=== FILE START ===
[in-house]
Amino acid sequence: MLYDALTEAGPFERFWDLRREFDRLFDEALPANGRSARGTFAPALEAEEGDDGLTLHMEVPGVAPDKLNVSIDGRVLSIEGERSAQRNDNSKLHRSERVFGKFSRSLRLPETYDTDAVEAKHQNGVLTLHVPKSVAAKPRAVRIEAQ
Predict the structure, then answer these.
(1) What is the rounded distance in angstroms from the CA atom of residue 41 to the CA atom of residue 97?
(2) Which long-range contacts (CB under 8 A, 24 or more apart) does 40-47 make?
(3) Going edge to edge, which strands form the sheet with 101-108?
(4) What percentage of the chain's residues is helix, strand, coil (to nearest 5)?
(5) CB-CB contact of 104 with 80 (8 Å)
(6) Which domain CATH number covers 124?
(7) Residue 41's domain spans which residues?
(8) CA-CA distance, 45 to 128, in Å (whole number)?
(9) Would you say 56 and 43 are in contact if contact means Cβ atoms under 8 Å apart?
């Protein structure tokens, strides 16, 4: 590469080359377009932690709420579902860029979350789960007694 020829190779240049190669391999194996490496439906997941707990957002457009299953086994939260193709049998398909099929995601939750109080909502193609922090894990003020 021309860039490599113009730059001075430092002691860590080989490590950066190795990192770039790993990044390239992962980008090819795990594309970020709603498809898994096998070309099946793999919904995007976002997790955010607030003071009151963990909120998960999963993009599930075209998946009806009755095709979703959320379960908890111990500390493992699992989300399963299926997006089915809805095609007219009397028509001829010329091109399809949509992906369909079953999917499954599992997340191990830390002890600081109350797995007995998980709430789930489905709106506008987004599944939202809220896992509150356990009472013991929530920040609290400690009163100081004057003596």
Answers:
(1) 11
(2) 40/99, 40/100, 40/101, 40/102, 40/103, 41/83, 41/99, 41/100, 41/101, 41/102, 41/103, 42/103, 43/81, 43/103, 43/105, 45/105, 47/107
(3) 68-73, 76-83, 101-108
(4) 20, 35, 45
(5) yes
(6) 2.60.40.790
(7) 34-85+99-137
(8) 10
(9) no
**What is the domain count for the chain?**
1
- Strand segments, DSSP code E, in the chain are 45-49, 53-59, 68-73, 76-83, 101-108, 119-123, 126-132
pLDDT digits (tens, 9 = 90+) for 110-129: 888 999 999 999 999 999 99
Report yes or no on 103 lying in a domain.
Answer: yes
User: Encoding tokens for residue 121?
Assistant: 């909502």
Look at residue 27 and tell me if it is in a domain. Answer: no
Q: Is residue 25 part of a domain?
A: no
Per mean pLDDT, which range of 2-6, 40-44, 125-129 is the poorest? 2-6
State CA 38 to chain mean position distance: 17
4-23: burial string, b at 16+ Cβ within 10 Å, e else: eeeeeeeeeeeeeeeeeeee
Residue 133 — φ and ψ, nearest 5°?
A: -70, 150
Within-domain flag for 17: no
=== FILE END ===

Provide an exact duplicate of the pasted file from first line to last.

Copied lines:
[in-house]
Amino acid sequence: MLYDALTEAGPFERFWDLRREFDRLFDEALPANGRSARGTFAPALEAEEGDDGLTLHMEVPGVAPDKLNVSIDGRVLSIEGERSAQRNDNSKLHRSERVFGKFSRSLRLPETYDTDAVEAKHQNGVLTLHVPKSVAAKPRAVRIEAQ
Predict the structure, then answer these.
(1) What is the rounded distance in angstroms from the CA atom of residue 41 to the CA atom of residue 97?
(2) Which long-range contacts (CB under 8 A, 24 or more apart) does 40-47 make?
(3) Going edge to edge, which strands form the sheet with 101-108?
(4) What percentage of the chain's residues is helix, strand, coil (to nearest 5)?
(5) CB-CB contact of 104 with 80 (8 Å)
(6) Which domain CATH number covers 124?
(7) Residue 41's domain spans which residues?
(8) CA-CA distance, 45 to 128, in Å (whole number)?
(9) Would you say 56 and 43 are in contact if contact means Cβ atoms under 8 Å apart?
């Protein structure tokens, strides 16, 4: 590469080359377009932690709420579902860029979350789960007694 020829190779240049190669391999194996490496439906997941707990957002457009299953086994939260193709049998398909099929995601939750109080909502193609922090894990003020 021309860039490599113009730059001075430092002691860590080989490590950066190795990192770039790993990044390239992962980008090819795990594309970020709603498809898994096998070309099946793999919904995007976002997790955010607030003071009151963990909120998960999963993009599930075209998946009806009755095709979703959320379960908890111990500390493992699992989300399963299926997006089915809805095609007219009397028509001829010329091109399809949509992906369909079953999917499954599992997340191990830390002890600081109350797995007995998980709430789930489905709106506008987004599944939202809220896992509150356990009472013991929530920040609290400690009163100081004057003596």
Answers:
(1) 11
(2) 40/99, 40/100, 40/101, 40/102, 40/103, 41/83, 41/99, 41/100, 41/101, 41/102, 41/103, 42/103, 43/81, 43/103, 43/105, 45/105, 47/107
(3) 68-73, 76-83, 101-108
(4) 20, 35, 45
(5) yes
(6) 2.60.40.790
(7) 34-85+99-137
(8) 10
(9) no
**What is the domain count for the chain?**
1
- Strand segments, DSSP code E, in the chain are 45-49, 53-59, 68-73, 76-83, 101-108, 119-123, 126-132
pLDDT digits (tens, 9 = 90+) for 110-129: 888 999 999 999 999 999 99
Report yes or no on 103 lying in a domain.
Answer: yes
User: Encoding tokens for residue 121?
Assistant: 């909502």
Look at residue 27 and tell me if it is in a domain. Answer: no
Q: Is residue 25 part of a domain?
A: no
Per mean pLDDT, which range of 2-6, 40-44, 125-129 is the poorest? 2-6
State CA 38 to chain mean position distance: 17
4-23: burial string, b at 16+ Cβ within 10 Å, e else: eeeeeeeeeeeeeeeeeeee
Residue 133 — φ and ψ, nearest 5°?
A: -70, 150
Within-domain flag for 17: no